Wyclef Jean's extraordinary musical talent has brought him wealth and fame and taken him all over the world. He's been a member of the biggest-selling rap group in history, he's a multi-platinum hit-making solo artist; and he's produced for, and collaborated with, an incredibly diverse array of musical superstars. But throughout his entire career, Wyclef Jean has never forgotten where he's come from, the places that nurtured his character and creativity as a young man: his native Haiti, where he lived until age nine, as well as the projects of Brooklyn and the streets of Jersey.
On Masquerade, his third solo album, Wyclef focuses his considerable lyrical and musical skills on life in the hood: past, present, and future. There are vivid tales of his childhood and his struggles as a young immigrant on the mean streets of New York, serious messages to the youth wrongly enamored of thug culture, and pleas for peace and love in the future--all backed by the eclectic and unpredictable sounds we've come to expect from a Wyclef Jean CD. Hardcore hip-hop beats, R&B funk, slow jams, and uptempo reggae--they're all here, sometimes all in the same track. Masquerade represents the next step in the musical development of an artist who's known unalloyed success since first stepping onto the scene nearly ten years ago, and who shows no signs of slowing down.
Wyclef Jean, of course, first hit it big as a prime mover in the groundbreaking Fugees, whose 1996 masterpiece The Score stands as one of the most influential records in hip-hop history. On that album, Wyclef pioneered a production style that became virtually unavoidable throughout the rest of the '90s: real life street hip-hop seasoned with a radio-friendly musical, lyrical and vocal sophistication. The Score sold more than 11 million copies worldwide, won two Grammys (including Best Rap Album), and paved the way for the successful solo careers of all three of its members. In 1997, Clef released Wyclef Jean Presents the Carnival, a double-platinum album that featured the emotionally powerful hit single "Gone Till November," which earned him a Grammy nomination in the Best Male R&B Vocal Performance category.
Clef's second solo CD, The Ecleftic -- 2 Sides II A Book, was even more musically adventurous than his previous work, from the booty-shakin' "Dirty South" to the socially-conscious neo-protest ballad "Diallo" to the R&B smash "911" which found Clef dueting with Mary J. Blige. In addition to his solo work, Clef found time to collaborate with Whitney Houston on her smash "My Love Is Your Love" and Carlos Santana on his chart-topping hit, "Maria Maria". More recently, Wyclef's worked with Mick Jagger and Sinéad O'Connor on their latest releases, as well as collaborations with U2, Destiny's Child, Michael Jackson, and Rita Marley.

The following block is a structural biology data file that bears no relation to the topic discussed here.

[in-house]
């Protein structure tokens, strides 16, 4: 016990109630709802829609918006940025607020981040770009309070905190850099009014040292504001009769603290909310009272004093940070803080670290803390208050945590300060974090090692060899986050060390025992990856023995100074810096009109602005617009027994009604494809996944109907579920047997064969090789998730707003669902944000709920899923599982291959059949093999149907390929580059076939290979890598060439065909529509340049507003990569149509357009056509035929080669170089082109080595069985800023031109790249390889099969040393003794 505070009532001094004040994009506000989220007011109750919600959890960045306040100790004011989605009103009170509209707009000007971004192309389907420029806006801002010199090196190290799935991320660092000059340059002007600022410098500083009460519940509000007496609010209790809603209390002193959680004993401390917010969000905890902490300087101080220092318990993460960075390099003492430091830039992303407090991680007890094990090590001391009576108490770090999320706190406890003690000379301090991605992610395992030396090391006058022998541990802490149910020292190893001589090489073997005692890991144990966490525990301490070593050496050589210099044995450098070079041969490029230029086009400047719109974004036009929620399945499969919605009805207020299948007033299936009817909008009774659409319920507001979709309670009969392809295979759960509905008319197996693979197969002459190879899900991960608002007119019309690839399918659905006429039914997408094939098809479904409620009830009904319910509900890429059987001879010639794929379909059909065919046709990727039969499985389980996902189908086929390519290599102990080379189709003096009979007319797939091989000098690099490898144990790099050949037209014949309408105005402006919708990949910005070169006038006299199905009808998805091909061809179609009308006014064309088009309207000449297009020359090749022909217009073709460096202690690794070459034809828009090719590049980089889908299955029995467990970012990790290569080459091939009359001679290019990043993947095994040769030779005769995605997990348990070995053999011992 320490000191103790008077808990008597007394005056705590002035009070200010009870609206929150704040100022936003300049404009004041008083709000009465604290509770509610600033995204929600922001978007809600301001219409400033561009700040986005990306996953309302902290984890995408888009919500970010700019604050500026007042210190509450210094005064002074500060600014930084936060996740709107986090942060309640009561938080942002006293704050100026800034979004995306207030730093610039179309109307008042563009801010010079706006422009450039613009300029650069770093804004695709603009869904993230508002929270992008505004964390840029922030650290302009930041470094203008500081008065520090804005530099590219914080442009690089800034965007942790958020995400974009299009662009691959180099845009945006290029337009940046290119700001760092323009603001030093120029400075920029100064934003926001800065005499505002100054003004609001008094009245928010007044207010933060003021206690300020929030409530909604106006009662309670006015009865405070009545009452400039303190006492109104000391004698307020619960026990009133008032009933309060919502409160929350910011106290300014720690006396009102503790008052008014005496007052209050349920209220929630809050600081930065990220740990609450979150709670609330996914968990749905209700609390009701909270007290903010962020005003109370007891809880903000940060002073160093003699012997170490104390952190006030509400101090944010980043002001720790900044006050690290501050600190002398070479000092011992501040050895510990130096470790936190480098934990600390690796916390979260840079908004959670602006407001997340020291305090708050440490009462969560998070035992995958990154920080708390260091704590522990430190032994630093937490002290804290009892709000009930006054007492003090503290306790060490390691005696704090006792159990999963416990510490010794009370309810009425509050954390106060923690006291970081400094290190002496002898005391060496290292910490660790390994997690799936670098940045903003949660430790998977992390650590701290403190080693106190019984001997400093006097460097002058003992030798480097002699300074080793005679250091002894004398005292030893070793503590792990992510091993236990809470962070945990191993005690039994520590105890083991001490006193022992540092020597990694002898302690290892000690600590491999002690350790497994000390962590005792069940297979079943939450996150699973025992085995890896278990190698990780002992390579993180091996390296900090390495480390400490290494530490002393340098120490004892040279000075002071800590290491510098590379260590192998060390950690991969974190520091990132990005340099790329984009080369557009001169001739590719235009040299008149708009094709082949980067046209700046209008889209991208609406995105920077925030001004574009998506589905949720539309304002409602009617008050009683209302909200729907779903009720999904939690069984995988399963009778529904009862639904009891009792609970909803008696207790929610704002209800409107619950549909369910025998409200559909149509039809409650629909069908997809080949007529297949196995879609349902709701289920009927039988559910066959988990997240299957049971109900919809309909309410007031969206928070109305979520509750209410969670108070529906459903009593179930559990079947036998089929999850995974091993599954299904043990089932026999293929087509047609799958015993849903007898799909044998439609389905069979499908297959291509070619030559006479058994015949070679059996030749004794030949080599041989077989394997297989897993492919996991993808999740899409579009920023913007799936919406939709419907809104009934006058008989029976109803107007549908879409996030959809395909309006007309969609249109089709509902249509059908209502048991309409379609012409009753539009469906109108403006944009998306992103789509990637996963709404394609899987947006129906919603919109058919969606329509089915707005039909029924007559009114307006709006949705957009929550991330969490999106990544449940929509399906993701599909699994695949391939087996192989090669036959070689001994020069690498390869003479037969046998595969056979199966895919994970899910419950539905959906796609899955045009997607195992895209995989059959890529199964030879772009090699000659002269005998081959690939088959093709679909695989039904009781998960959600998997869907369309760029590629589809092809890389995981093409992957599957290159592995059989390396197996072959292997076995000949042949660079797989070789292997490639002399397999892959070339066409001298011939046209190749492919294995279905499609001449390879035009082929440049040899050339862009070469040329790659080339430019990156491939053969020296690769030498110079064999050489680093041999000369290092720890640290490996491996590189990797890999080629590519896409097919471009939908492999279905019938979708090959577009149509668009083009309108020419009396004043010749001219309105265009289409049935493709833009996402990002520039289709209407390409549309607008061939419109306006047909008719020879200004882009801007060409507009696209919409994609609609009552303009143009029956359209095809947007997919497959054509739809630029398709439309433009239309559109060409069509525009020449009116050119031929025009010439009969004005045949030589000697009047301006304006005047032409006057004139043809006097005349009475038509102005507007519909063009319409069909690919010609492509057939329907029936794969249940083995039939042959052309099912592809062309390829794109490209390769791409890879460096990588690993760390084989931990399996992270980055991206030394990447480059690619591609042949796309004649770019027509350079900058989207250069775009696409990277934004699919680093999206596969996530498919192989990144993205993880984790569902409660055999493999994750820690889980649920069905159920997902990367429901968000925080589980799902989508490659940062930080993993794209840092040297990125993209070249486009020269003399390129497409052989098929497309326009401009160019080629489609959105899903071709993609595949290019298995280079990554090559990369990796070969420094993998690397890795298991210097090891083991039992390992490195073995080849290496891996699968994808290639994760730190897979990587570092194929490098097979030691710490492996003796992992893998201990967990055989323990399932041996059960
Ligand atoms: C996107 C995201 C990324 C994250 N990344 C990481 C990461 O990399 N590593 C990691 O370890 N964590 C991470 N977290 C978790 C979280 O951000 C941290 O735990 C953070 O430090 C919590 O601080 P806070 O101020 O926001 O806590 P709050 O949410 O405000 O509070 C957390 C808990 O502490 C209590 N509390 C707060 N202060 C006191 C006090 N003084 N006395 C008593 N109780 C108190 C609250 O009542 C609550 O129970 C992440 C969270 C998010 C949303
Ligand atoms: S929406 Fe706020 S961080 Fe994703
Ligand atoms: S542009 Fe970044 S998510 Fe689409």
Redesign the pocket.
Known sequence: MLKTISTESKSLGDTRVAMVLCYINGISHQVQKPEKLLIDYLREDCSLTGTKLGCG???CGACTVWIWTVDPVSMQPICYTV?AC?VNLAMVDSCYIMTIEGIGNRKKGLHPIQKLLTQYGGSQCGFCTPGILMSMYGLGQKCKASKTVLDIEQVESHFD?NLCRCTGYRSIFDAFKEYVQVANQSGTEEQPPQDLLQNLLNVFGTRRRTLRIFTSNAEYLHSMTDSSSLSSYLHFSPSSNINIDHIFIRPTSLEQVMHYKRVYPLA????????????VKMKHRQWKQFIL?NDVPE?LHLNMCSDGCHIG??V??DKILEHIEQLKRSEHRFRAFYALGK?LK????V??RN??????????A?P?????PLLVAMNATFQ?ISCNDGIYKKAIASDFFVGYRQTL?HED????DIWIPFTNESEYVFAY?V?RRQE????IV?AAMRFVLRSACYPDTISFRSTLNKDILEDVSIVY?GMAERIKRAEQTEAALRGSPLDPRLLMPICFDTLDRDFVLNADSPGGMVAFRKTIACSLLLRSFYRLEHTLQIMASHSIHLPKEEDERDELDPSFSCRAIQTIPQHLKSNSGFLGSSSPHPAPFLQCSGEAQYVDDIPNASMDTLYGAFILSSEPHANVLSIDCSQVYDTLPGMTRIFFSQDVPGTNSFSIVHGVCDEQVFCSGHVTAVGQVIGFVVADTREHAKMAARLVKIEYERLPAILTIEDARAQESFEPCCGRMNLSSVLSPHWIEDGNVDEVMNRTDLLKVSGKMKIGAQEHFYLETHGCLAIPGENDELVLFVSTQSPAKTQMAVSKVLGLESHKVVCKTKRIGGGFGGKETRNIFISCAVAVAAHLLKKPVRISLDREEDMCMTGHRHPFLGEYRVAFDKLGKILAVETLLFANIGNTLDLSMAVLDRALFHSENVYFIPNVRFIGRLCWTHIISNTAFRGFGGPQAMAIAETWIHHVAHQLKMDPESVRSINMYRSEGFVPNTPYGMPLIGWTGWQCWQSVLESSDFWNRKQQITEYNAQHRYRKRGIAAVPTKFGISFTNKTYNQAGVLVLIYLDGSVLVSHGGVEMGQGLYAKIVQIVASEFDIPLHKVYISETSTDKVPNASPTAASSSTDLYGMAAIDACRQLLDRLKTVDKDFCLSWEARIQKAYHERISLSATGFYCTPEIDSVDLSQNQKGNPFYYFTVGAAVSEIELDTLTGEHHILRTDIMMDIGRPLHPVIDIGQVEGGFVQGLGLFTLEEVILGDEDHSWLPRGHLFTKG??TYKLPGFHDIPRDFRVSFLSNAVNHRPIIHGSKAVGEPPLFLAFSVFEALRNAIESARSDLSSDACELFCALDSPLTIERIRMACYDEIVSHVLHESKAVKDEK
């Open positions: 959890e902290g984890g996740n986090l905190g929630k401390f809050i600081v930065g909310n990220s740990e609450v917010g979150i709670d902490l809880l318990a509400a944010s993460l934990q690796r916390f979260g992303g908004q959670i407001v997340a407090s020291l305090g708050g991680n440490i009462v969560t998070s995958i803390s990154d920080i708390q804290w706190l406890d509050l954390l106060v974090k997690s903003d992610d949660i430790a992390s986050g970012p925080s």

The spiritual element that's always been crucial to Wyclef's music is immediately apparent on "Peace God," the first track of Masquerade. Clef calls this his "Crouching-Tiger style": a Far East flute is looped over a hip-hop drumbeat while Clef rhymes in praise of God and against false idols made by man. Whether adopting the persona of the Preacher's Son or a Thug Angel, Clef has always illuminated ghetto reality as he sees it, taking on the tone of a wise older brother rather than a strident preacher. "The PJs" is an ode to the projects Clef grew up in and the lessons he learned there: "Gotta make noise for the PJs/I wrote my first rhyme in the PJs/You can hear it in my speech, I'm from the PJs." This is a playful tribute to the harder life he's left behind as well as a reclamation of his status as a hip-hop artist, first and foremost.
There's no other musician today who seems so natural in so many different genres. "Masquerade" is a hardcore posse track featuring M.O.P., but while other producers might be content to just let the beat run, Clef brings on accomplished Israeli violinist Miri Ben-Ari to provide an unexpected coda to the track. Proving that he not only has an ear for music but also an eye for talent, "One Last Chance" is a soul ballad with Clef on acoustic guitar dueting with velvet-voiced Claudette Ortiz of City High. "Daddy" is one of the saddest songs you're ever likely to hear--reminiscent of 2Pac's classic "Dear Mama"--a rap that Clef dedicates to his recently departed father. "What A Night" remakes Frankie Valli's 1976 disco hit into a soul/hip-hop blend where Clef tells a little of his amazing life story and details his many accomplishments. On "Knockin' On Heaven's Door," Wyclef reworks the Bob Dylan classic, in Clef's version the lyrics are transformed into a lament on unnecessary death occurring in the ghetto and thro
ughout the world.
Masquerade is the kind of album that only Wyclef Jean could make--from rock to rap to soul to reggae, Clef is a living embodiment of the different styles and genres that comprise contemporary popular music. Producer, arranger, composer, musician, rapper, singer, and showman--Clef is that rare artist who not only does all these things, but does them incredibly well. There's only one Wyclef Jean and Masquerade secures his place as one of the most versatile, talented, and accomplished musical artists we've got.